I really enjoy working with 7-8 figure B2B agencies for example. I work with many other companies that don’t fit this mold, but it’s my go-to.

Once you have done this you need to create a list of websites.

A great database to use is Angel List. They compile all of the latest startups in one neat location which is perfect for lead generation.

We will be extracting emails from their URLs so this step is mandatory.

Angel List

You can narrow down the companies by market, investment stage, and more filters.

I recommend copying any websites that you match your buyers persona into a spreadsheet to stay orgaznied.

Let’s take it easy, so begin by collecting roughly a dozen websites before the next step.

Get the emails of marketing executives

With URLs in hand, you can paste them in a tool like Hunter.io to extract all of the domain’s emails.

I’ll quickly run you through how to use this tool, but feel free to read my Hunter.io review to learn about it in-depth.

Sign up for a free account and enter in the URL of a website into the “Domain Search” bar.

Hunter io dashboard

This will display a list of all associated individuals along with their email, position, phone number, and more.

Hunter io results

Save these results individually or export them as a CSV file to upload to Google Drive afterward.

Find executives in charge of marketing since you’re pitching writing services, as well.

I’ve noticed CEOs and founders can be other good positions to pitch if you can’t narrow down any individuals in charge of marketing.

This brings us to the last step.

Send them a personalized pitch

The key to successful cold emailing campaigns is personalization.

Everybody and their mom can see right through a copy and pasted email template.

I’ve been told many times by leads that I’m the only cold email they’ve responded to because it was genuine and sent to the correct person.

A little bit of upfront work can really pay off 🙂

Here the keys to sending personalized cold emails:

  • The subject line should include the lead’s first name or company name. “To {First name}” and “Question about {Company name}” are simple but powerful.
  • Mention the lead’s name and company name once or twice again in the email body.
  • Keep the email itself no longer than a paragraph.
  • State a custom observation such as “I love the work you did recently with Pepsi and Adidas.” This shows that you performed research and aren’t another bot sending out mass emails.
  • Be straight to the point about your writing services and what you can do for the lead in terms of generating results.
  • End it will a call to action like scheduling a phone call, meeting, or asking if they require your services to begin with.

Here’s a great video by Alex Berman on how to write cold emails that always get read which elaborates on this further:

Network your butt off

Did you know that the close rate for in-person meetings is 40%?

That’s higher than practically any other channel for interacting with clients.

It’s also exactly why I believe in networking as a freelance writer.

Businesses will always need copy written for their websites, advertisements, and other material.

Here’s how to begin networking today.

Check out Eventbrite

Eventbrite is a free platform that lists all of the networking events happening locally.

I love checking it every month and mapping out at least one or two events I can attend.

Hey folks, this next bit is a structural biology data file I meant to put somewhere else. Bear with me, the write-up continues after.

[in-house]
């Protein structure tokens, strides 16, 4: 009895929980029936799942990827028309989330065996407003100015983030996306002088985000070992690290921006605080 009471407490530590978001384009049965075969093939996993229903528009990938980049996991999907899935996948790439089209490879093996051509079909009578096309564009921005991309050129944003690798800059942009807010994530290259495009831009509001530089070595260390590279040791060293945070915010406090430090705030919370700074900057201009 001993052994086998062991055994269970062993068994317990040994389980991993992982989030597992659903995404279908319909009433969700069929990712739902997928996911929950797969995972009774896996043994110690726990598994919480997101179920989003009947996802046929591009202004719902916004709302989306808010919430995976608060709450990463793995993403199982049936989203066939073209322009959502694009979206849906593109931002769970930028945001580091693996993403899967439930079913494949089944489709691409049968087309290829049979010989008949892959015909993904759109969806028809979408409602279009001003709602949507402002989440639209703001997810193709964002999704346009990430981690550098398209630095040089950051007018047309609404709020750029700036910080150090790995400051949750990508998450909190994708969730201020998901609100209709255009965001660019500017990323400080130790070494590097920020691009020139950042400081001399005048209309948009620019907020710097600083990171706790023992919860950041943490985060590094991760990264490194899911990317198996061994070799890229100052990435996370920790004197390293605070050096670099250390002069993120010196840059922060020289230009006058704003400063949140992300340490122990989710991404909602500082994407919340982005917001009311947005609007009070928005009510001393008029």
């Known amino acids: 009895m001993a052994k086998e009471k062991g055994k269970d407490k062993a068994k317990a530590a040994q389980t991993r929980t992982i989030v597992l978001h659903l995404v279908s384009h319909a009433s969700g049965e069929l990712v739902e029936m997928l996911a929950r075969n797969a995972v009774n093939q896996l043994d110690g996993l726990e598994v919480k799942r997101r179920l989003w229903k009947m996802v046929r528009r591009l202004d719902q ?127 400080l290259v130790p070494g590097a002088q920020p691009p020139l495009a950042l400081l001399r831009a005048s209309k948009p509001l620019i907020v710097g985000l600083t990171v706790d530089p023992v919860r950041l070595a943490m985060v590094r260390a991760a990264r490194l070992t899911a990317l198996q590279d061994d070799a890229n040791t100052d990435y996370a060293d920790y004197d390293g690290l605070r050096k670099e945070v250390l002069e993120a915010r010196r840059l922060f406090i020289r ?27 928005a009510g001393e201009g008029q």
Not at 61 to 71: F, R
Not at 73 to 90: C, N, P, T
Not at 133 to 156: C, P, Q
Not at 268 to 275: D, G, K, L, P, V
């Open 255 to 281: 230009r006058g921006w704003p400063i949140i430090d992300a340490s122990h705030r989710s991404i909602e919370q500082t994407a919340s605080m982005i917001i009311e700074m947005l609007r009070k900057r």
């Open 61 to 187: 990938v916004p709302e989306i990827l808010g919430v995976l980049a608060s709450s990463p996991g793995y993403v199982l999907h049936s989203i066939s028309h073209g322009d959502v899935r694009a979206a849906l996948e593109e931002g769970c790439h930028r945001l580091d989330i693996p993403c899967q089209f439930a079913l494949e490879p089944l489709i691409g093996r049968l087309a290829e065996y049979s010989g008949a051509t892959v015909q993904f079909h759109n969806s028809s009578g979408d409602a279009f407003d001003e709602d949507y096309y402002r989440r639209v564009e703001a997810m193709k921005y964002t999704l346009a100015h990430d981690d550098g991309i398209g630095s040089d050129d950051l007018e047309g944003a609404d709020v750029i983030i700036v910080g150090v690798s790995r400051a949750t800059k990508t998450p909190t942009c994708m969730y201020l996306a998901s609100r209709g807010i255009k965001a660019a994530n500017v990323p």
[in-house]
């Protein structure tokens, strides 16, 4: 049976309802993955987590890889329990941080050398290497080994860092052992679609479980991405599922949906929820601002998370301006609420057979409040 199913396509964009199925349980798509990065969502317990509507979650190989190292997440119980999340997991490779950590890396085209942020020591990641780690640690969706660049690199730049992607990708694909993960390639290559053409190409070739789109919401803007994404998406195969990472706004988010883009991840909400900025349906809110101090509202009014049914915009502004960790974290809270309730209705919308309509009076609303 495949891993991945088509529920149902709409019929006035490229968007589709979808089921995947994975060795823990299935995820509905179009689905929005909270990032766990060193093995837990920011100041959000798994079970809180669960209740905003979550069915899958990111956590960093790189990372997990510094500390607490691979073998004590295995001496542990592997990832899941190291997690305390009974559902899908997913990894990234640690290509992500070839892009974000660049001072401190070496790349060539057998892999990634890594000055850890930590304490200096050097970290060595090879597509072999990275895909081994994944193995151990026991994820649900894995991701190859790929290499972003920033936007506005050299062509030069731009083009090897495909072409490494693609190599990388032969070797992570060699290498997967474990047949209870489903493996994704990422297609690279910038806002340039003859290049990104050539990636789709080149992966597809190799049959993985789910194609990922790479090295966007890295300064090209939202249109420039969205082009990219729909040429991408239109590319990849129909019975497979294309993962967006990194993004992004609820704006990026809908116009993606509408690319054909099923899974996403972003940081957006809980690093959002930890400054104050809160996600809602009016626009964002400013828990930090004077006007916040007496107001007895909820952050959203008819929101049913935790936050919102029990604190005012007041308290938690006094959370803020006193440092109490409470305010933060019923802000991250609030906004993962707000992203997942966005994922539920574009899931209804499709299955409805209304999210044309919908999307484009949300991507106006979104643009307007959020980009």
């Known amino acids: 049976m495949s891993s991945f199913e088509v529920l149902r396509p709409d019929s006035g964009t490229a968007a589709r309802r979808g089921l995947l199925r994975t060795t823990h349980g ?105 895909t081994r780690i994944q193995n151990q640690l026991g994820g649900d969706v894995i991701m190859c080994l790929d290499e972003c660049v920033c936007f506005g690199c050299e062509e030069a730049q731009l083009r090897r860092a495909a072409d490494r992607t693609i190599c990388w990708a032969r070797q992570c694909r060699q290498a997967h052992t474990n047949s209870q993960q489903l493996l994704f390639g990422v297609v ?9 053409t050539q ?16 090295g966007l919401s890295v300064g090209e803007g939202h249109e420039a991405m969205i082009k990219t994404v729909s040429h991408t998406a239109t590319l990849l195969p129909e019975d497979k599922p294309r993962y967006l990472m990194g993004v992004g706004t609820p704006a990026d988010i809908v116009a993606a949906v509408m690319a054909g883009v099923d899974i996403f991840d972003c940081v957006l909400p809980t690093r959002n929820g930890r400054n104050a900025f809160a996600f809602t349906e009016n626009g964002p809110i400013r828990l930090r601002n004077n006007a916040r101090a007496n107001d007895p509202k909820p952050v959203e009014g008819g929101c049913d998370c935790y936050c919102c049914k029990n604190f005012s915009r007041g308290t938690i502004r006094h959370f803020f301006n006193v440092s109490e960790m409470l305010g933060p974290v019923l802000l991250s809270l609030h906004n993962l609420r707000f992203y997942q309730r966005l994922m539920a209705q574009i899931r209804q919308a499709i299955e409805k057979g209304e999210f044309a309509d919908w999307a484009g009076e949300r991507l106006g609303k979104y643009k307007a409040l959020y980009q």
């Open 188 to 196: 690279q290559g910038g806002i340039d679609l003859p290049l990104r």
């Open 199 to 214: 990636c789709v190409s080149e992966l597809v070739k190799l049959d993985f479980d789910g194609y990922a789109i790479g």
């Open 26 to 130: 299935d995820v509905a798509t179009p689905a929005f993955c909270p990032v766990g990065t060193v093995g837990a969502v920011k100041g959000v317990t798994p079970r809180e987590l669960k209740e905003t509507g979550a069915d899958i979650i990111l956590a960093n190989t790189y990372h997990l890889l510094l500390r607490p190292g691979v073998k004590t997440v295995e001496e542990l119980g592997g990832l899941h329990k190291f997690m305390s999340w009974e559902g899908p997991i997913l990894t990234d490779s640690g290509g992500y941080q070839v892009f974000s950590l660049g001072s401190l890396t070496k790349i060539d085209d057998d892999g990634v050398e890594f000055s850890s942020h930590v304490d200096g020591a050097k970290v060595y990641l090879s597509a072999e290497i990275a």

It’s also a great way to make entrepreneur friends 🙂

Simply choose a category or enter a keyword and select your city. You’ll see results like this:

Eventbrite example

Tons of events are completely free so you can show up and network without spending a dime.

Others events may require you to buy a ticket for roughly $20 which isn’t a bad investment, either.

I have seen certain conferences cost hundreds to thousands of dollars, but I’d wait until you’ve gotten great at networking before attending one of those.

Find a local Meetup group

Another website you need to use for finding networking events is Meetup.com.

Truthfully I noticed that if you live in a small town that your options will be limited, but don’t be afraid to travel if you fall into this category.

I’m from a town of 80,000 people so there’s practically nothing going on, but suddenly there are groups with tens of thousands of active members when I drive one hour away to Toronto.

Type in a keyword and choose your city with a distance filter via the explore page.

Meetup results

Good keywords to search for include:

  • Business
  • Startup
  • Entrepreneur
  • Sales
  • Marketing
  • Tech
  • Digital
  • Career

These will net you the most relevant business-related meetups to attend where you can potentially find valuable writing clients.

As nice as it would be to show up to these events and have leads lining up to meet you, it just isn’t the case.

You need to follow certain rules and etiquette to maximize your experience and results.

Here are some practical tips…

Networking tips

  1. Dress the part: Wear a suit or business casual clothing if the weather permits. If it’s an outdoor event in the middle of summer, loafers, shorts, and a polo or dress shirt is more than appropriate.
  2. Bring cards: Don’t shove cards down peoples throats, but have them handy in case someone asks for your information.
  3. Take action: It can be nerve-racking walking up to strangers, but if you do it often enough it will become second nature. Get in the habit of starting conversations as you will get more bang for your buck at events versus waiting to be approached.
  4. Follow up: Text, email, or call the people you connect with at events to stay in touch.
  5. Be yourself: You need to represent your business in a positive way, but don’t try to put on an image of a stiff entrepreneur if that isn’t you. Crack some jokes, get personal with others, and be you.

Wrapping up freelance writing jobs

Freelance writing can be a seriously lucrative career path.

There are writers that make six to seven figures once they’ve established a name for themselves.

You need to need to understand the proper strategies and processes to get here or else you’ll flop, though.

I’d recommend beginning by pitching writing job boards to start landing gigs, earning cash, and building a portfolio.

From there you need to try it like a real business by implementing an outbound sales process.

Cold emailing with tools like Hunter.io is my go-to approach, but you could cold call, invest into lead gen services, etc.

Finally, don’t underestimate the power of networking. You’ll meet tons of like-minded people and find great writing opportunities at conferences.

What’s your #1 tip for freelance writers?

Carmine
Hey! My name is Carmine and I've written for Neil Patel, GoDaddy, Smart Insights, and other popular publications. Reach out to me at any time if you need copywriting services.